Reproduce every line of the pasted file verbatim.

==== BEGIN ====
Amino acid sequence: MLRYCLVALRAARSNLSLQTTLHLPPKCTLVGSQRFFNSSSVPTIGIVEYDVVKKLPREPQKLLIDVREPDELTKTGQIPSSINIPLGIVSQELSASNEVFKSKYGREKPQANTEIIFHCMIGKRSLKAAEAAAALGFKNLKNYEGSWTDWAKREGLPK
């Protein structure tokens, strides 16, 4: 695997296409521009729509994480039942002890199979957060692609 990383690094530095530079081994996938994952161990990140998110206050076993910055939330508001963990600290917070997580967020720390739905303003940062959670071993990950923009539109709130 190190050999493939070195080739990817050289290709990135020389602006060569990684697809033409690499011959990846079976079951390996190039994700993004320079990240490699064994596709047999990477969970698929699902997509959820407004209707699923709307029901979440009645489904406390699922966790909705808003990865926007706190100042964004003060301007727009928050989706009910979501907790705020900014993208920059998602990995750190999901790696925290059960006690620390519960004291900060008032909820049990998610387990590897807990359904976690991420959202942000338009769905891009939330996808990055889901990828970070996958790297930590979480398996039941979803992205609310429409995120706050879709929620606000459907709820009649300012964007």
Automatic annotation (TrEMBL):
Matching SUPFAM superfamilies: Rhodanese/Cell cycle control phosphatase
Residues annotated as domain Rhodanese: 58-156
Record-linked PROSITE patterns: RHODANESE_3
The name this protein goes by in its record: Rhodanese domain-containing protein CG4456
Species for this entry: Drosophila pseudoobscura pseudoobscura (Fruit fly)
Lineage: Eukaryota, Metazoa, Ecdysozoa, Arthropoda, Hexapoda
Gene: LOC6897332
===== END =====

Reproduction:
Amino acid sequence: MLRYCLVALRAARSNLSLQTTLHLPPKCTLVGSQRFFNSSSVPTIGIVEYDVVKKLPREPQKLLIDVREPDELTKTGQIPSSINIPLGIVSQELSASNEVFKSKYGREKPQANTEIIFHCMIGKRSLKAAEAAAALGFKNLKNYEGSWTDWAKREGLPK
């Protein structure tokens, strides 16, 4: 695997296409521009729509994480039942002890199979957060692609 990383690094530095530079081994996938994952161990990140998110206050076993910055939330508001963990600290917070997580967020720390739905303003940062959670071993990950923009539109709130 190190050999493939070195080739990817050289290709990135020389602006060569990684697809033409690499011959990846079976079951390996190039994700993004320079990240490699064994596709047999990477969970698929699902997509959820407004209707699923709307029901979440009645489904406390699922966790909705808003990865926007706190100042964004003060301007727009928050989706009910979501907790705020900014993208920059998602990995750190999901790696925290059960006690620390519960004291900060008032909820049990998610387990590897807990359904976690991420959202942000338009769905891009939330996808990055889901990828970070996958790297930590979480398996039941979803992205609310429409995120706050879709929620606000459907709820009649300012964007």
Automatic annotation (TrEMBL):
Matching SUPFAM superfamilies: Rhodanese/Cell cycle control phosphatase
Residues annotated as domain Rhodanese: 58-156
Record-linked PROSITE patterns: RHODANESE_3
The name this protein goes by in its record: Rhodanese domain-containing protein CG4456
Species for this entry: Drosophila pseudoobscura pseudoobscura (Fruit fly)
Lineage: Eukaryota, Metazoa, Ecdysozoa, Arthropoda, Hexapoda
Gene: LOC6897332